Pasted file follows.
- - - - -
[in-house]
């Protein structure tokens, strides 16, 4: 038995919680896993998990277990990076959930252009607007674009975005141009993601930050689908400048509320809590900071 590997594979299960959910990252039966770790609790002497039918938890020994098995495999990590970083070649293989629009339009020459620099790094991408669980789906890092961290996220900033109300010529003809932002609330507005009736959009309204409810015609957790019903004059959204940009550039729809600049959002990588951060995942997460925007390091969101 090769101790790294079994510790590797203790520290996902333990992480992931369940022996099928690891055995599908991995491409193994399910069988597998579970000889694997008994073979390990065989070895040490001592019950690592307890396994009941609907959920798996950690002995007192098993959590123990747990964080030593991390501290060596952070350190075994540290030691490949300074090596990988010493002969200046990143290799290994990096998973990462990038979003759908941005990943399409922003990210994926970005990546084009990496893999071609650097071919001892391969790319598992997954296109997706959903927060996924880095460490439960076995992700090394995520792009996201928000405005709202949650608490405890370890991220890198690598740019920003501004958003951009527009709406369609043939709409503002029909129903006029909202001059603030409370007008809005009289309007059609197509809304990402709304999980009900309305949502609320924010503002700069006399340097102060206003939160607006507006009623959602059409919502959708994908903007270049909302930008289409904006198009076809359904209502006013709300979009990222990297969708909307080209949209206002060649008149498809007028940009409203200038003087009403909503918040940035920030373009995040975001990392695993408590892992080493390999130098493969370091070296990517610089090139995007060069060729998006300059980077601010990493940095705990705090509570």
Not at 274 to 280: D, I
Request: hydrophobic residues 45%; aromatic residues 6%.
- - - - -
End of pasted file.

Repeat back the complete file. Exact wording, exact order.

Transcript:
[in-house]
């Protein structure tokens, strides 16, 4: 038995919680896993998990277990990076959930252009607007674009975005141009993601930050689908400048509320809590900071 590997594979299960959910990252039966770790609790002497039918938890020994098995495999990590970083070649293989629009339009020459620099790094991408669980789906890092961290996220900033109300010529003809932002609330507005009736959009309204409810015609957790019903004059959204940009550039729809600049959002990588951060995942997460925007390091969101 090769101790790294079994510790590797203790520290996902333990992480992931369940022996099928690891055995599908991995491409193994399910069988597998579970000889694997008994073979390990065989070895040490001592019950690592307890396994009941609907959920798996950690002995007192098993959590123990747990964080030593991390501290060596952070350190075994540290030691490949300074090596990988010493002969200046990143290799290994990096998973990462990038979003759908941005990943399409922003990210994926970005990546084009990496893999071609650097071919001892391969790319598992997954296109997706959903927060996924880095460490439960076995992700090394995520792009996201928000405005709202949650608490405890370890991220890198690598740019920003501004958003951009527009709406369609043939709409503002029909129903006029909202001059603030409370007008809005009289309007059609197509809304990402709304999980009900309305949502609320924010503002700069006399340097102060206003939160607006507006009623959602059409919502959708994908903007270049909302930008289409904006198009076809359904209502006013709300979009990222990297969708909307080209949209206002060649008149498809007028940009409203200038003087009403909503918040940035920030373009995040975001990392695993408590892992080493390999130098493969370091070296990517610089090139995007060069060729998006300059980077601010990493940095705990705090509570």
Not at 274 to 280: D, I
Request: hydrophobic residues 45%; aromatic residues 6%.